Policies are there for a reason

SAIT is a huge organization. In such a big machine having policies and procedures in place helps the wheels turn relatively smoothly, although sometimes it seems to cause them to slow down a huge amount.


I recently had an experience where I had to reference the Policies and Procedures handbook at SAIT, something I never really thought I would have to do. In our program, we review all of our exams with our students. We do this because one of our main purposes at school is to prepare them for a final government exam, so reviewing the exams helps us, help them get better at writing that style of assessment. During take up of the exams we always enforce a strong position of no electronic devices. We do this so that the exams do not become compromised and we can use them (or something close to them) for the next group of learners. While reviewing my final exam, I was in an auditorium style room, which is great for teaching, but a little bit tougher to keep an eye out for cellphones. I took the exam up like normal with no issues. After I was done we took a break, and during the break I received an email from one of my students stating they typically don’t rat on people, however somebody in the front row was taking pictures of the exam during the exam take up. Obviously, this is quite a serious accusation which needed to be handled appropriately.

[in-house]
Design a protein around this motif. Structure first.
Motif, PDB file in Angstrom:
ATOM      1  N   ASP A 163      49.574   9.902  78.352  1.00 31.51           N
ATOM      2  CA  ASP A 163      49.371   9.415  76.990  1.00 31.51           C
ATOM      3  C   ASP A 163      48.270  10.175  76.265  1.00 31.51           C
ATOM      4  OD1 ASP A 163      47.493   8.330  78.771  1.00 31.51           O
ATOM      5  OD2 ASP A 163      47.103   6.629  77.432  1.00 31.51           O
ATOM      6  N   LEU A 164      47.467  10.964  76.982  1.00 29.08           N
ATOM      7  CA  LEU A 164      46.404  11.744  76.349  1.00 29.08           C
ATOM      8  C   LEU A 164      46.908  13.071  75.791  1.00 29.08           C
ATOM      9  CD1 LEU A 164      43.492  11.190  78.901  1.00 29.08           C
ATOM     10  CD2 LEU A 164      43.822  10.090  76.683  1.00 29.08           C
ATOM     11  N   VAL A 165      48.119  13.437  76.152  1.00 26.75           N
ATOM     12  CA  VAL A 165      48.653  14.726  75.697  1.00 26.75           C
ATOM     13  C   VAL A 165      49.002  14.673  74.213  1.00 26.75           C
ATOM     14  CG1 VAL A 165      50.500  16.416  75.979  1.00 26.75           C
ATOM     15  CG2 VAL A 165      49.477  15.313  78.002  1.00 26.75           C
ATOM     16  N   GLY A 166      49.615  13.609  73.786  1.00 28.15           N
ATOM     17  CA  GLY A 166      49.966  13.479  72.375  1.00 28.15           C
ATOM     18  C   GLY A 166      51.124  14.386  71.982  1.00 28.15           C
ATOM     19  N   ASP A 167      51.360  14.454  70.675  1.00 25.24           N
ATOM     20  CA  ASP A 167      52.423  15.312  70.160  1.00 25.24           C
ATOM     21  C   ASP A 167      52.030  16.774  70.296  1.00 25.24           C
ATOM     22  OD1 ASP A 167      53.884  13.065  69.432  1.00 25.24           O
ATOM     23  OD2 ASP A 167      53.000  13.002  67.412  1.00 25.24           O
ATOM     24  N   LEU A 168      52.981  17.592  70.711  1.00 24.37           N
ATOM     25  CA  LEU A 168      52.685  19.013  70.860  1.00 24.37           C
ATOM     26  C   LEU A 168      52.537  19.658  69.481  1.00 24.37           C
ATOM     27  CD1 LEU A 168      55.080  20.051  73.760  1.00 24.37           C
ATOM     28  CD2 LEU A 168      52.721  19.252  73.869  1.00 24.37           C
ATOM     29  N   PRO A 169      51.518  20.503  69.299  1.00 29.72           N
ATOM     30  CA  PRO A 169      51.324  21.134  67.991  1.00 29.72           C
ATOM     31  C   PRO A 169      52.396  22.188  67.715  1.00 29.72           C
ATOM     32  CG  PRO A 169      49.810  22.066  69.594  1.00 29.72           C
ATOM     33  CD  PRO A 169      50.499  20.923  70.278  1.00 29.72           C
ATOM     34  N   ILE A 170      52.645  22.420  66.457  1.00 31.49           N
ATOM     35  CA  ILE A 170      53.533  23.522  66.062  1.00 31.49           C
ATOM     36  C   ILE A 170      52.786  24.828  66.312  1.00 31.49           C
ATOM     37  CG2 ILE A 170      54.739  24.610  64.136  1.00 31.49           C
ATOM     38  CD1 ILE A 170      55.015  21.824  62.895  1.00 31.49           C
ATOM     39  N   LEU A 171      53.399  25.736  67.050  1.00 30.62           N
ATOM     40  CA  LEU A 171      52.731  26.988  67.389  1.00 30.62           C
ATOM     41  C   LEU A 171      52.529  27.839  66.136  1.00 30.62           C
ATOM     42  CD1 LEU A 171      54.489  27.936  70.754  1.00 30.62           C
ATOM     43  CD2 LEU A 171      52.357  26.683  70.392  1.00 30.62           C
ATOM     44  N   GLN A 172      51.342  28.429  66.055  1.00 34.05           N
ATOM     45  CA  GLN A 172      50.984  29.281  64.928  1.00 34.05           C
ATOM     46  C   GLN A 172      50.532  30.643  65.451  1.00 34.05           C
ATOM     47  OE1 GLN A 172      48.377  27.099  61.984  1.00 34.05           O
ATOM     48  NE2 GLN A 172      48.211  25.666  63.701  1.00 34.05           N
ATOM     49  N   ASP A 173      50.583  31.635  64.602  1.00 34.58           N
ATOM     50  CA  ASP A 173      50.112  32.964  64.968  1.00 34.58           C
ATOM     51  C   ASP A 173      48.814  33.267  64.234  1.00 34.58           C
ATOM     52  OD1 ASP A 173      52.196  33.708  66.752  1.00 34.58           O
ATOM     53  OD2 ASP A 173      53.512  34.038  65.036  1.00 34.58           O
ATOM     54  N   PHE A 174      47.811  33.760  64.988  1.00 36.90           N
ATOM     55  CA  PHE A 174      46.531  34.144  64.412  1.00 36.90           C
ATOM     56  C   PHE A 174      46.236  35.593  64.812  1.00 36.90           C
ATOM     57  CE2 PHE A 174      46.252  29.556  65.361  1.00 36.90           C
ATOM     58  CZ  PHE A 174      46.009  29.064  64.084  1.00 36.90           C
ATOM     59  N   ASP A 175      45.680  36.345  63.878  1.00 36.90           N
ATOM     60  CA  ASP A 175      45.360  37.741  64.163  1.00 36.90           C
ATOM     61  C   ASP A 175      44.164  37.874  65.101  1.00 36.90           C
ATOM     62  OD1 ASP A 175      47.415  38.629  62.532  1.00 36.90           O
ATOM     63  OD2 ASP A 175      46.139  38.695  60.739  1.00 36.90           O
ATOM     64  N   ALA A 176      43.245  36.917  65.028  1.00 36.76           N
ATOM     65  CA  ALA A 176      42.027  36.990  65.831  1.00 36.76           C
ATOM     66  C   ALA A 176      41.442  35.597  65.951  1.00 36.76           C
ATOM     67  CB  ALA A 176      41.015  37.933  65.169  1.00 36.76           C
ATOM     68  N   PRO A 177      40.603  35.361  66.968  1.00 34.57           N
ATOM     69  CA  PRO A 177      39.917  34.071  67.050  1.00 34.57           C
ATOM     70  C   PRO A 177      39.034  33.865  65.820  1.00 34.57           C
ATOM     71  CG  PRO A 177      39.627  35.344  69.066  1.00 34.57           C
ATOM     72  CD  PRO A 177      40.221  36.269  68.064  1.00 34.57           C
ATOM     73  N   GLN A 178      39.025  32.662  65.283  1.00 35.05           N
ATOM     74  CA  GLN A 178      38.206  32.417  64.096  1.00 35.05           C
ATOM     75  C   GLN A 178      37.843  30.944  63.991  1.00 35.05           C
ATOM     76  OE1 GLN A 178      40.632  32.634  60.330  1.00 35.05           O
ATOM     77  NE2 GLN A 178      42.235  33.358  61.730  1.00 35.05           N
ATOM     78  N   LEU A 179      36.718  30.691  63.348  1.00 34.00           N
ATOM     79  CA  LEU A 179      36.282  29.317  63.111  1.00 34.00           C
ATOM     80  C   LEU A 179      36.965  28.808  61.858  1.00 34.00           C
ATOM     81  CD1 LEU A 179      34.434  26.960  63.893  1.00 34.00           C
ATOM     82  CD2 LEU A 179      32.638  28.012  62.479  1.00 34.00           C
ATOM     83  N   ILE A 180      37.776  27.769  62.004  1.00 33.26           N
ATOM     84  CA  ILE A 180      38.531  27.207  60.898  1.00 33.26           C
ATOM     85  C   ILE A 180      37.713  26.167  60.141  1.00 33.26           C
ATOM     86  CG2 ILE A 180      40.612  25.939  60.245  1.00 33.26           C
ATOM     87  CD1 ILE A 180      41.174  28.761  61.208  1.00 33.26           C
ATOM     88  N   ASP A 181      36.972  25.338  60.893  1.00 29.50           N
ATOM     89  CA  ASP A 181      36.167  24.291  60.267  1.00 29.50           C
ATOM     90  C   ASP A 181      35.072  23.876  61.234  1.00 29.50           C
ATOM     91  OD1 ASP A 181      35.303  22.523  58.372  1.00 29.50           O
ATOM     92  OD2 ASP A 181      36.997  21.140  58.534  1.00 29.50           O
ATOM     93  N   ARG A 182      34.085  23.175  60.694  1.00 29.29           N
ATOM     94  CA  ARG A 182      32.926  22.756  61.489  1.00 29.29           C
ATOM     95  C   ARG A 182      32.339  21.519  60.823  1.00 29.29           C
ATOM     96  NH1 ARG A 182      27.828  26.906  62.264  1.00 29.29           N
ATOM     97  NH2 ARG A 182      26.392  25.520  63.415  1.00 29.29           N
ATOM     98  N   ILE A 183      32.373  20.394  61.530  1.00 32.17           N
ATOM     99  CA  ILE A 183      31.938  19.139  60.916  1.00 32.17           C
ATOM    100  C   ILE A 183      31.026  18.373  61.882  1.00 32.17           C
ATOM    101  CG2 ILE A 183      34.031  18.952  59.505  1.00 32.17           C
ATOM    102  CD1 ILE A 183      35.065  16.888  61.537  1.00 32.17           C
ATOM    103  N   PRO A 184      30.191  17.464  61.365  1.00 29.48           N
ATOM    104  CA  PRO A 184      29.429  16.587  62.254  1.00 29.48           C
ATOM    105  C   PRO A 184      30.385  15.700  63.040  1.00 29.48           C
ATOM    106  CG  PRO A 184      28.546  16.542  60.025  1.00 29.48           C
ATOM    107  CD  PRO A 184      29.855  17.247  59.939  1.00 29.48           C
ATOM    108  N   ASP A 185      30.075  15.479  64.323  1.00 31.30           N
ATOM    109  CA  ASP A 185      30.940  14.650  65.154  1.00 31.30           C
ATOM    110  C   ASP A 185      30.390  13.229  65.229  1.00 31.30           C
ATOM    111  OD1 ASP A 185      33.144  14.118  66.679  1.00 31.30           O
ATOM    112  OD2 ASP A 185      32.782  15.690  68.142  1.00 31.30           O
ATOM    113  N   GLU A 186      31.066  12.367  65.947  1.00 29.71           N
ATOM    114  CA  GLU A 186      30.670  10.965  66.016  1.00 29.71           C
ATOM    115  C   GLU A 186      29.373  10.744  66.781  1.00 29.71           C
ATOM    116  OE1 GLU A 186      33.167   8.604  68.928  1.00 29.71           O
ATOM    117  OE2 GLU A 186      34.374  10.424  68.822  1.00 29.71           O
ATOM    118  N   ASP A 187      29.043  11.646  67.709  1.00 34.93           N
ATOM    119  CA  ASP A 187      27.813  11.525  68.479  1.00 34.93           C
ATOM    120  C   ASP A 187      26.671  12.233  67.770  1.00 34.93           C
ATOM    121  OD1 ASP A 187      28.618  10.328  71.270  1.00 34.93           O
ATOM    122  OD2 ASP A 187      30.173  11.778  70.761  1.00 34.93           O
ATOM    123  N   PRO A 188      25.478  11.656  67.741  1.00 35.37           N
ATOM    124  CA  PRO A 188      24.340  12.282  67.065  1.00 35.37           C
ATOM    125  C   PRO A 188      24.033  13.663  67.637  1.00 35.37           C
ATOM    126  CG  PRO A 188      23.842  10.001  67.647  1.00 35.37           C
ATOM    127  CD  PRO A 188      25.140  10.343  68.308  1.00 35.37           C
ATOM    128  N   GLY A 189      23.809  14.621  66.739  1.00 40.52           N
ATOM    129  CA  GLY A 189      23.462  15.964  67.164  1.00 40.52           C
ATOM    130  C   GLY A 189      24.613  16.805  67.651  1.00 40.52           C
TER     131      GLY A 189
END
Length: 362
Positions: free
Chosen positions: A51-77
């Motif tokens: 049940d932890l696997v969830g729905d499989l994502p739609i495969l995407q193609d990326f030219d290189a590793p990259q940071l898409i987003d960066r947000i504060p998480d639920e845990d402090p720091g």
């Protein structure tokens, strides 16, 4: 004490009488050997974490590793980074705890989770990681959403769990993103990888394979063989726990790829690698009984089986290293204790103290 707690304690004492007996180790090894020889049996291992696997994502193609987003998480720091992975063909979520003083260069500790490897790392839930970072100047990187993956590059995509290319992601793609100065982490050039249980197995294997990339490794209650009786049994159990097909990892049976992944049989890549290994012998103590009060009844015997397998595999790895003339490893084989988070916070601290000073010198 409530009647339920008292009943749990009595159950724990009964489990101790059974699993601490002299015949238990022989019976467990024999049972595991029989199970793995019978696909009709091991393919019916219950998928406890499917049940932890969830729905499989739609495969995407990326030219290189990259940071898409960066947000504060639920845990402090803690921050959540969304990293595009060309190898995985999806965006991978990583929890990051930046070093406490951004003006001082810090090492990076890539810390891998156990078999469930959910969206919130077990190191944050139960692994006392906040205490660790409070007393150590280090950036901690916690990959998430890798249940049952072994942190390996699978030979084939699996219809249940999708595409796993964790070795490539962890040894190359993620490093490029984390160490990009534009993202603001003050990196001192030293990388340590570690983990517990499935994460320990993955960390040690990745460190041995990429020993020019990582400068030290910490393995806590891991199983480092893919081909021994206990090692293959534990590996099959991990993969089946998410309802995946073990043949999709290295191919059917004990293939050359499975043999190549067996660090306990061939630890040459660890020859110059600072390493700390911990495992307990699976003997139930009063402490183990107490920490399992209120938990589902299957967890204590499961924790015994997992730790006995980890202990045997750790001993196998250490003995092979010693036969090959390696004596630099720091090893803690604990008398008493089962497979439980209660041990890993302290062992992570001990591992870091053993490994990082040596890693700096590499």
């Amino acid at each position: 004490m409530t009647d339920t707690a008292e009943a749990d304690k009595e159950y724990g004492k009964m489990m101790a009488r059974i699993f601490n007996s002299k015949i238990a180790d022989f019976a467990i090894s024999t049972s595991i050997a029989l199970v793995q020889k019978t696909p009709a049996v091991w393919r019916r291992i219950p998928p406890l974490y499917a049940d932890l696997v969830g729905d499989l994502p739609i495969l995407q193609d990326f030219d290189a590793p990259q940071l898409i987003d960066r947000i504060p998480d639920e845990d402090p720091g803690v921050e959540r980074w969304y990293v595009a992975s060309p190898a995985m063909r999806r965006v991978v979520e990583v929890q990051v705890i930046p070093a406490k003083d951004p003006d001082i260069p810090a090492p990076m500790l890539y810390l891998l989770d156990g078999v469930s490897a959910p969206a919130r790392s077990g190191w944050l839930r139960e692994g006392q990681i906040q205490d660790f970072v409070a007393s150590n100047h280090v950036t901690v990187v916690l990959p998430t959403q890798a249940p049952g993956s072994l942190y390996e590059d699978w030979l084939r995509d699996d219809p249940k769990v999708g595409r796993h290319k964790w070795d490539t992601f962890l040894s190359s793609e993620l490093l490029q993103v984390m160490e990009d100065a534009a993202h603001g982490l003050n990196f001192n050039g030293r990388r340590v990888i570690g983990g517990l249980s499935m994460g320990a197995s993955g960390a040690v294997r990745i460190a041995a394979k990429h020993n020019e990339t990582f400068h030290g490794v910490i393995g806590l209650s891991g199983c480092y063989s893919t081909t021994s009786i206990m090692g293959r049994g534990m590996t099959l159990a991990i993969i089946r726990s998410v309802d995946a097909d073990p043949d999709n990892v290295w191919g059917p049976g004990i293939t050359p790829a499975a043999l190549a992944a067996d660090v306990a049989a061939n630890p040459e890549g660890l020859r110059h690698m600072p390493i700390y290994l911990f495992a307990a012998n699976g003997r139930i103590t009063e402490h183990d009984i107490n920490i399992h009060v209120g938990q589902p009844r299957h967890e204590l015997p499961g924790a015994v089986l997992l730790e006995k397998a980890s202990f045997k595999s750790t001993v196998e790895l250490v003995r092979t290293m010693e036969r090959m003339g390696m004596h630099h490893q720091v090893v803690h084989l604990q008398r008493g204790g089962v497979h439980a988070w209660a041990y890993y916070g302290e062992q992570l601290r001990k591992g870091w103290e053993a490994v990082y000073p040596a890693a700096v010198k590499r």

Luckily there is a great support system in place including, but not limited to, colleagues and academic chairs. I chose to go talk to my academic chair about the situation really quickly and he quickly emailed me the section of the policies and procedure that deals with this type of academic misconduct. This type of offense is up to the teacher’s discretion how far up the ladder they choose to take it, so he left it in my hands. Taking the applicable policies into account and discussing it with the instructors who are also teaching the same group, we came to a decision. We had no proof about the photo taking, so we decided to address the entire class all at once. We just took the opportunity to remind all of the students in a non-confrontational manner about the strict policies we have against academic misconduct. In addition, afterwards we did individually address it with the accused student to make sure he understood the consequences “IF” he had done this. I guess we will never know the truth, but I feel like as an instructor group we did the right thing in this case. We utilized the existing policies and procedures to point out the importance of our action and potential con=sequences in the classroom.





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